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  11. Great photos! Many of my travel memories go hand in hand with the food experiences I’ve had! It’s so hard to choose a favorite experience… But one that comes to mind is a dinner in Barcelona. We were renting an apartment and the owner sent his mother-in-law over to cook a traditional Spanish meal for us. Not just the amazing food (I’m talking sneaking-to-the-fridge-in-the-middle-of-the-night amazing!), but the whole experience of watching her prepare and trying to communicate in our broken spanish/english conversation about the ingredients she used was an incredible experience and is an unforgettable memory!

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  12. Food has never been the reason for my travels but I hardly miss out tasting the traditional food of the country or city I visit… who doesn’t love tasting a new food!!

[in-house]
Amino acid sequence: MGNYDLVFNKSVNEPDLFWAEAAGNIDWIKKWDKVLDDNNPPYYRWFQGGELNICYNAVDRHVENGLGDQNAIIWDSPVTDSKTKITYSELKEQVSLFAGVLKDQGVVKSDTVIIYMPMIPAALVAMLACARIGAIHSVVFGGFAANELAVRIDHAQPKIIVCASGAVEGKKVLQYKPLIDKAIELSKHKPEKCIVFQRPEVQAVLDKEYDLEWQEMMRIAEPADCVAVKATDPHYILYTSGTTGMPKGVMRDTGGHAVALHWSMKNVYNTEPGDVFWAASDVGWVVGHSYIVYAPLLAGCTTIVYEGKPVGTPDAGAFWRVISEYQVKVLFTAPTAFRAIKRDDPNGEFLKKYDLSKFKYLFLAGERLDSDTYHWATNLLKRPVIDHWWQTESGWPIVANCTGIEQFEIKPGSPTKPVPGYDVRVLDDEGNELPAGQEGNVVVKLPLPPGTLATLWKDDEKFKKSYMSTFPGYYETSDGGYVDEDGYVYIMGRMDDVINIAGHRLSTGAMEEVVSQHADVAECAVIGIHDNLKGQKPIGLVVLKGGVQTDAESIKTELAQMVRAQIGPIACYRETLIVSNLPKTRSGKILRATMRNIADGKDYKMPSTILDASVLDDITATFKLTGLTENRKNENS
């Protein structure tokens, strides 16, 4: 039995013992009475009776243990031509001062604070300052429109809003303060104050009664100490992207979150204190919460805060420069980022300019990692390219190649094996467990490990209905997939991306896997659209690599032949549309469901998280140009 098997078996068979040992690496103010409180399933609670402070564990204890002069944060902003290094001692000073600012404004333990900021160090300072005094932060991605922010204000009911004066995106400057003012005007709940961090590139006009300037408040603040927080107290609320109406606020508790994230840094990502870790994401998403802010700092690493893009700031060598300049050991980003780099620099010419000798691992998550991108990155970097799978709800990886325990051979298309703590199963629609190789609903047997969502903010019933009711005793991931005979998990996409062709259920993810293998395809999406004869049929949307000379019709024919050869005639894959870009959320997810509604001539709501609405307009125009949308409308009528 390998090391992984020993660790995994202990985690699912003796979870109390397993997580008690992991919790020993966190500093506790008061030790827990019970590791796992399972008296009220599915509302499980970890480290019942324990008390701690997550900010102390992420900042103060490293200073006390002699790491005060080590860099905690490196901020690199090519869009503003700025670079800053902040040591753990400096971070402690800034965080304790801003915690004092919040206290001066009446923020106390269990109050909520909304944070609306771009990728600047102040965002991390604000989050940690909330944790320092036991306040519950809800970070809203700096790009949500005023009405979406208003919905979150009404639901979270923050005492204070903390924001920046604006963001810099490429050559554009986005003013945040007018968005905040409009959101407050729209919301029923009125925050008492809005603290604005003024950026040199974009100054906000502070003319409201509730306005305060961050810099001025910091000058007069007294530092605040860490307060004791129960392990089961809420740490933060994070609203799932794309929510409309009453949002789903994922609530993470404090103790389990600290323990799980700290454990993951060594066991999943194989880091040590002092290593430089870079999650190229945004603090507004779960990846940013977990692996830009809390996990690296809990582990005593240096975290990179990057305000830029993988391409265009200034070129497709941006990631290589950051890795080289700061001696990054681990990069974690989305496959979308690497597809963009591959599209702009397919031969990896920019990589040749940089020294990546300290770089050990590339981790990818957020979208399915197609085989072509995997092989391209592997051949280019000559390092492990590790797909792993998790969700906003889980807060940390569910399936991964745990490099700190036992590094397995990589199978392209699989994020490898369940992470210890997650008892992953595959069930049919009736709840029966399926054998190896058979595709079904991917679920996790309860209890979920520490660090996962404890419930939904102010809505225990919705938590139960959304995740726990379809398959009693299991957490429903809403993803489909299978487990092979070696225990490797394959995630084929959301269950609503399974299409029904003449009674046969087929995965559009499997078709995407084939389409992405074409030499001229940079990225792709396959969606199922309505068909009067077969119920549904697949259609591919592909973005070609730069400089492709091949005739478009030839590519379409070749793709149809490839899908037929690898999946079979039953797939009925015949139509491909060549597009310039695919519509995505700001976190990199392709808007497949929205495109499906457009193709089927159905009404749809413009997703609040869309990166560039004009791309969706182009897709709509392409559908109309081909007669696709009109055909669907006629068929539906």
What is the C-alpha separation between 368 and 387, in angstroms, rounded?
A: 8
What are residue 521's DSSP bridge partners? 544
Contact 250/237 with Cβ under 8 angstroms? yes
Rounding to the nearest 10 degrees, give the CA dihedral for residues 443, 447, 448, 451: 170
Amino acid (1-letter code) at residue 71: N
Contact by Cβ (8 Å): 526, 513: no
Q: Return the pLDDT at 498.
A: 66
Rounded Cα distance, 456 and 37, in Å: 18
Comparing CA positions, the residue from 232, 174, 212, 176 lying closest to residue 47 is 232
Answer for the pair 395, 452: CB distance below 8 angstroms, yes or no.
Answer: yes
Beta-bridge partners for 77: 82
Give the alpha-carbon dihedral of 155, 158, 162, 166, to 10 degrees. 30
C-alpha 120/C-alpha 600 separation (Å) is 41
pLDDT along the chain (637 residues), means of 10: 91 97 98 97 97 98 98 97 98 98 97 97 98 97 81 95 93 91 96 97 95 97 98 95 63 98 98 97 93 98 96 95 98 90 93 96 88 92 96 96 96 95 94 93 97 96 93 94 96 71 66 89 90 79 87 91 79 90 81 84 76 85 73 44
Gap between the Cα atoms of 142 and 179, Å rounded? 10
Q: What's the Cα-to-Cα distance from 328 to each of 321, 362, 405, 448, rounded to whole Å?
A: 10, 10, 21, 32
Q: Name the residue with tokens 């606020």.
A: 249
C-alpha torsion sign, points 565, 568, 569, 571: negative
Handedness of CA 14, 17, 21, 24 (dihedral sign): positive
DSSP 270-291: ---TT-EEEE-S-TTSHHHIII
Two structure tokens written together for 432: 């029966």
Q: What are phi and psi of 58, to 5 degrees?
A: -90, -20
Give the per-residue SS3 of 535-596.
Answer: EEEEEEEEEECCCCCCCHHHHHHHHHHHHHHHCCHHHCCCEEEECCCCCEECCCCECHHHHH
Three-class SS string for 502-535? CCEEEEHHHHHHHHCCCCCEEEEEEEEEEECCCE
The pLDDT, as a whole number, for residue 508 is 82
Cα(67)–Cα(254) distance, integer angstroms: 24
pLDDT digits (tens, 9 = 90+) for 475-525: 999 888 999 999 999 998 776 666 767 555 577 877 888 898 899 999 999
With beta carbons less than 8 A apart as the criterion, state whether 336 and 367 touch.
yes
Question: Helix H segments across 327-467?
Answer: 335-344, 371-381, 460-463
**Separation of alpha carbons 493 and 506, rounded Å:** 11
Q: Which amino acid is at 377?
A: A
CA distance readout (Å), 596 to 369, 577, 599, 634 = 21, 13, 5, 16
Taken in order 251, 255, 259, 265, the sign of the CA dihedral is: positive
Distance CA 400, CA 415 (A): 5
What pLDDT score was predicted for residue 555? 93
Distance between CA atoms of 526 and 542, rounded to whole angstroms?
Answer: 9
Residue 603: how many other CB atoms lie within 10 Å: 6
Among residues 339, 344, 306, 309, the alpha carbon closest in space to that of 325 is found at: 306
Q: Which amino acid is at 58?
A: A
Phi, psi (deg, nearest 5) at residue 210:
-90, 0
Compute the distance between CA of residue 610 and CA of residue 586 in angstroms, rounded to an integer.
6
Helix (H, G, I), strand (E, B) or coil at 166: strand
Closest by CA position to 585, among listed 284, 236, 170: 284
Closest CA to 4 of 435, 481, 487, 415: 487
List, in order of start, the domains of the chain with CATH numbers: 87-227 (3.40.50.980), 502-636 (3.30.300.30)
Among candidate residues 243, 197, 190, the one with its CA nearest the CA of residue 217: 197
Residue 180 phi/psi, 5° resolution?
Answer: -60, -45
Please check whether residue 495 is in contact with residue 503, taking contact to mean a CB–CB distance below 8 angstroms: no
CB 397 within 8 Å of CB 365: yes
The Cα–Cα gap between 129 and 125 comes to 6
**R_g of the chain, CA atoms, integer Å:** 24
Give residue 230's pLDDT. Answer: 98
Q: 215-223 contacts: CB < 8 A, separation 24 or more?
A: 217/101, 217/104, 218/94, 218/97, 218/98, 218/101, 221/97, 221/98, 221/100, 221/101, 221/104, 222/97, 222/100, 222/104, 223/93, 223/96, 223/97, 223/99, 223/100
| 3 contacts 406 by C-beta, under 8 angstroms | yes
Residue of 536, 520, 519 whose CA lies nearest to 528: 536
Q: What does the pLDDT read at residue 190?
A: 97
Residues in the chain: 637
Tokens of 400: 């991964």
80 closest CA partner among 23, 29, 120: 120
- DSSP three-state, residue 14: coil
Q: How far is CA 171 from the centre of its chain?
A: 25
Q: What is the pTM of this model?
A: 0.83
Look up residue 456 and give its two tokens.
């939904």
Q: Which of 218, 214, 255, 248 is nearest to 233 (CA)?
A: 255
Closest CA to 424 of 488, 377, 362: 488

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  13. I have an insane love for Korean dishes! My father was stationed in South Korea back in the 80s and while there learned how to make bulgogi (korean bbq). So every time I eat that dish it reminds me of him. In my mind’s eye, I can see him in the kitchen, preparing it and my siblings and I salivating because it would fill the house with the delicious smells of things to come. Yummy! My dream is to one day visit South Korea and get in as many foodie experiences as I possibly can.

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  14. I LOVE THIS! I PREACH THIS! When I first got to Cambodia I was with a group of people and one of the guys in the group refused to eat from street vendors and refused to eat anything other than fried rice because he didn’t know what was in stuff. I was always the one poking around the alleys trying to find the REALLY good spots to eat. You know the kind.